Cornell and Israel’s Technion institute open high-tech campus in NY
A high-tech teaching and research center born of a collaboration between Cornell University and the Technion-Israel Institute of Technology inaugurated its newly built campus on Roosevelt Island.
Over 500 people were present for the inauguration Wednesday morning of Cornell Tech and the Jacobs Technion-Cornell Institute, including Mayor Bill de Blasio, Gov. Andrew Cuomo, former Mayor Michael Bloomberg, Cornell University President Martha Pollack and Technion Institute President Peretz Lavie.
“Today we take a bold step in the tech arena with the opening of this campus,” Cuomo said prior to the ribbon-cutting ceremony. “It’s ambitious — it was almost an audacious dream when we started.”
De Blasio joked, addressing the Technion president, “In New York, Peretz, we would say this is a mitzvah.”
Bloomberg, who conceived of the $2 billion project when he was mayor and donated $100 million to it, said Cornell Tech would help re-establish New York as a technological center.
“In many ways, this project helps bring New York City back to the future,” he said, citing various technological features of the campus, such as the goal to make the main academic center one of the largest net-zero energy buildings in the world.
In 2010, Bloomberg invited top universities to submit pitches to build the campus. The winners would receive both funding and land on Roosevelt Island, a two-mile long island on the East River. In 2011, the city declared Cornell and the Technion winners, and the project opened the following year, operating out of a temporary location in Manhattan’s Chelsea neighborhood.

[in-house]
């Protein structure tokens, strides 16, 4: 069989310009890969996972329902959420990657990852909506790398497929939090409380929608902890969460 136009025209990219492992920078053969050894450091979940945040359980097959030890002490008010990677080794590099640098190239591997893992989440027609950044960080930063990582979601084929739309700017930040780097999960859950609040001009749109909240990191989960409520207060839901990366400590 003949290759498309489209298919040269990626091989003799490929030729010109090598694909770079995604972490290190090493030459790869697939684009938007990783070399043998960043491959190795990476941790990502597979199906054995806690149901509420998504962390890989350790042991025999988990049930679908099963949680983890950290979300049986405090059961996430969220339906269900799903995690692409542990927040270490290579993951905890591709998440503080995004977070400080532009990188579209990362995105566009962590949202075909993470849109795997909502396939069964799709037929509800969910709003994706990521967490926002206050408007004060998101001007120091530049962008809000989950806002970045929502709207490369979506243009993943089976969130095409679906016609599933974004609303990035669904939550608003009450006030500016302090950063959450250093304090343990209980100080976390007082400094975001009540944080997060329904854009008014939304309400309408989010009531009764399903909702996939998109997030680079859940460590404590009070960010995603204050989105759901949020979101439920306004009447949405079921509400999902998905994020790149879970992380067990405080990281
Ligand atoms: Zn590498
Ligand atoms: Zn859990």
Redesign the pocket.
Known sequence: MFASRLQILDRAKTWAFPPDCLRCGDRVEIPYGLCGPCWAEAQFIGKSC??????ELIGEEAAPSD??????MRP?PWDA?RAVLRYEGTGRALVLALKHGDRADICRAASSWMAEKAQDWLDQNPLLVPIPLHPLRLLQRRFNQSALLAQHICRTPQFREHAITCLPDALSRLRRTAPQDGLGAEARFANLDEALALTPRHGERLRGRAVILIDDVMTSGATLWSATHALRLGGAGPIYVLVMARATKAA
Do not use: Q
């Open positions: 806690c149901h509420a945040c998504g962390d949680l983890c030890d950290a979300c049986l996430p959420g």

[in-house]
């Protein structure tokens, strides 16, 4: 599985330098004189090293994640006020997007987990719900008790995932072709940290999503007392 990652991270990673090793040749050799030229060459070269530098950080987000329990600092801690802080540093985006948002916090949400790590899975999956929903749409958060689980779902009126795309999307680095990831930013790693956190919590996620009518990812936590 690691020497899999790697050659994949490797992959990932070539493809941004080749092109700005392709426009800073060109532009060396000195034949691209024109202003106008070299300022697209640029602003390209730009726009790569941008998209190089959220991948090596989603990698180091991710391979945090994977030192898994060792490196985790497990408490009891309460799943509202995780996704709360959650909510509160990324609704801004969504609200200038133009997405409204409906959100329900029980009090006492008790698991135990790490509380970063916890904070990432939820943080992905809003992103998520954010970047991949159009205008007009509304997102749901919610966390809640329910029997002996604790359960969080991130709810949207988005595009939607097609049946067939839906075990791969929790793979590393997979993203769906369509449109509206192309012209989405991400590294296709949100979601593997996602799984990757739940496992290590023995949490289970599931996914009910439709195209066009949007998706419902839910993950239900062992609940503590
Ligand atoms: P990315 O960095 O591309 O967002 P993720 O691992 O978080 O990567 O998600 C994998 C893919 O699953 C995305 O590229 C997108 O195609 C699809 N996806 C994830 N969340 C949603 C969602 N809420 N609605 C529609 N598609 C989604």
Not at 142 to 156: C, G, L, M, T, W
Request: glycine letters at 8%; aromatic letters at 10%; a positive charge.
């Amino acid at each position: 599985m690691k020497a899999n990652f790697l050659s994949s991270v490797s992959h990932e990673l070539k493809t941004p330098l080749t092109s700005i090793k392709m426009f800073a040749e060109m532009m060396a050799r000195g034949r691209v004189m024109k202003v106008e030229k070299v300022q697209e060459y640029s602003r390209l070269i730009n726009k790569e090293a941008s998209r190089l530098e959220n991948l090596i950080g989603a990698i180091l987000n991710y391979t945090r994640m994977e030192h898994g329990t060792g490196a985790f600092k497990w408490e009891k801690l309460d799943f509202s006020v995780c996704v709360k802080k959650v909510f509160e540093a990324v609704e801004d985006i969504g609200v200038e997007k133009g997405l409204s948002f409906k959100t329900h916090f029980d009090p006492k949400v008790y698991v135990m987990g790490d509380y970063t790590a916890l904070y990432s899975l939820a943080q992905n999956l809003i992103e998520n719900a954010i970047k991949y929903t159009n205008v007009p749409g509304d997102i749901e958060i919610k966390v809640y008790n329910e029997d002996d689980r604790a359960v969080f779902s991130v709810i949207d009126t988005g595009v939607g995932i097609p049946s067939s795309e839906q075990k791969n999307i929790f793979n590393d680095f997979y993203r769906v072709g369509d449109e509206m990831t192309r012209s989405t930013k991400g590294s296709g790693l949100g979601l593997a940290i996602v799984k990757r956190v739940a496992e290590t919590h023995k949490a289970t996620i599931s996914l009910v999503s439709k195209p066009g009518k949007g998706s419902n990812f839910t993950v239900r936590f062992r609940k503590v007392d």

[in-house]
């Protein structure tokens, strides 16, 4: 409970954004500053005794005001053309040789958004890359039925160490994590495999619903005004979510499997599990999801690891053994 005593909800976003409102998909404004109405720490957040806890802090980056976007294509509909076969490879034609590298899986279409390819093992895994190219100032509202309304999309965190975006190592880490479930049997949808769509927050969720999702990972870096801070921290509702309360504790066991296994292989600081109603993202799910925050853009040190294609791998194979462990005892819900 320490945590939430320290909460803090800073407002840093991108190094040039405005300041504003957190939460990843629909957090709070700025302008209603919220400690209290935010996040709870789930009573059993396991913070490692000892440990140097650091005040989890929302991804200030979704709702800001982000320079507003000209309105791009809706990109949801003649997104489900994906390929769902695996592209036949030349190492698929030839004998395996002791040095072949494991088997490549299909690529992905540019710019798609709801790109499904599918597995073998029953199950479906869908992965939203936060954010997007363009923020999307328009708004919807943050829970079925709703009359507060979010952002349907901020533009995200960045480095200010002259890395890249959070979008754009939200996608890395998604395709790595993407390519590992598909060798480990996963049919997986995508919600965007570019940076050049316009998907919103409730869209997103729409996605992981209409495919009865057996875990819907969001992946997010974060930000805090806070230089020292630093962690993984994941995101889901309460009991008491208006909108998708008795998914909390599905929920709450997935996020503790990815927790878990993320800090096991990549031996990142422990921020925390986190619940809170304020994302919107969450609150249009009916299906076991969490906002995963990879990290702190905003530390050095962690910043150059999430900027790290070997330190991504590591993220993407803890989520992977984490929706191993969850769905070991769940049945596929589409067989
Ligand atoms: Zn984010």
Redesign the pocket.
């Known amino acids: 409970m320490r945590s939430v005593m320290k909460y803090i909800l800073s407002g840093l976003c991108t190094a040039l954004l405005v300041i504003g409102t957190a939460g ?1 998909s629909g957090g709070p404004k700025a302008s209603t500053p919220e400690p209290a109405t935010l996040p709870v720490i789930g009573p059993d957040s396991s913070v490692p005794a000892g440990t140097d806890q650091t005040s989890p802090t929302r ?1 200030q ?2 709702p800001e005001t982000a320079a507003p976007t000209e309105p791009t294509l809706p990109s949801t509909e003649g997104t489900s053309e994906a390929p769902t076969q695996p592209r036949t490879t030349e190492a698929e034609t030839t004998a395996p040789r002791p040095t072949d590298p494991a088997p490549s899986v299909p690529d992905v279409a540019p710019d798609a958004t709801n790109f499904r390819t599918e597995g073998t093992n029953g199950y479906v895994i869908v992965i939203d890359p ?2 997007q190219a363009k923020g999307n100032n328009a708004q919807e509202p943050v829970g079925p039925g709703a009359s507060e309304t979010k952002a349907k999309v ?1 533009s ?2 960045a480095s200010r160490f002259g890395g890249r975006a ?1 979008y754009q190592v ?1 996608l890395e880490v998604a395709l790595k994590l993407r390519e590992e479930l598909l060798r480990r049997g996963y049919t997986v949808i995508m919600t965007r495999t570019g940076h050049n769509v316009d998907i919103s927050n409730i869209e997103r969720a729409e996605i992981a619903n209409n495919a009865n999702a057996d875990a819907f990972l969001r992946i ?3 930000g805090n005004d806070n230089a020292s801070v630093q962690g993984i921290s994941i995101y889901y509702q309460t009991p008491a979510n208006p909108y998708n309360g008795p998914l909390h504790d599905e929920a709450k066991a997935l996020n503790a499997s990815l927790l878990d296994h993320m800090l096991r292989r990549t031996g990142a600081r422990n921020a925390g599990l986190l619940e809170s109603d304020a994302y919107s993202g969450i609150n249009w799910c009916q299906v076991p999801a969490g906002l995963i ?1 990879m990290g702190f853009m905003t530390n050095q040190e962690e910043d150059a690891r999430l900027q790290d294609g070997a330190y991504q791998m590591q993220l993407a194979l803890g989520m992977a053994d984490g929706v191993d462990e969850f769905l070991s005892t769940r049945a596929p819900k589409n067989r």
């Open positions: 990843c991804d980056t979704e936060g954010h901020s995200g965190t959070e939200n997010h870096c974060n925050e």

Cornell Tech will offer master’s and doctoral programs in fields related to technology, computer science and engineering.
De Blasio echoed Cuomo’s vision of the campus, which he said, “says to people that we will be forever a global center of technology and innovation.”
Lavie recalled thinking the Israeli institute had a slim chance of winning the bid.
“Since we have such a slim chance of winning — be wild,” he recalled telling Technion staff. “Use your imagination, think outside the box.”
Lavie referenced Cornell University’s founder in showing how Israeli startup culture plays into Cornell Tech’s technology focus.
“With this campus, Cornell and Technion are making a clear statement: practical knowledge, to paraphrase Ezra Cornell, is not inferior nor second to basic knowledge,” he said. “They are the two sides of the same coin. This concept is part of the Technion’s DNA and more broadly the State of Israel, which is known as startup nation.”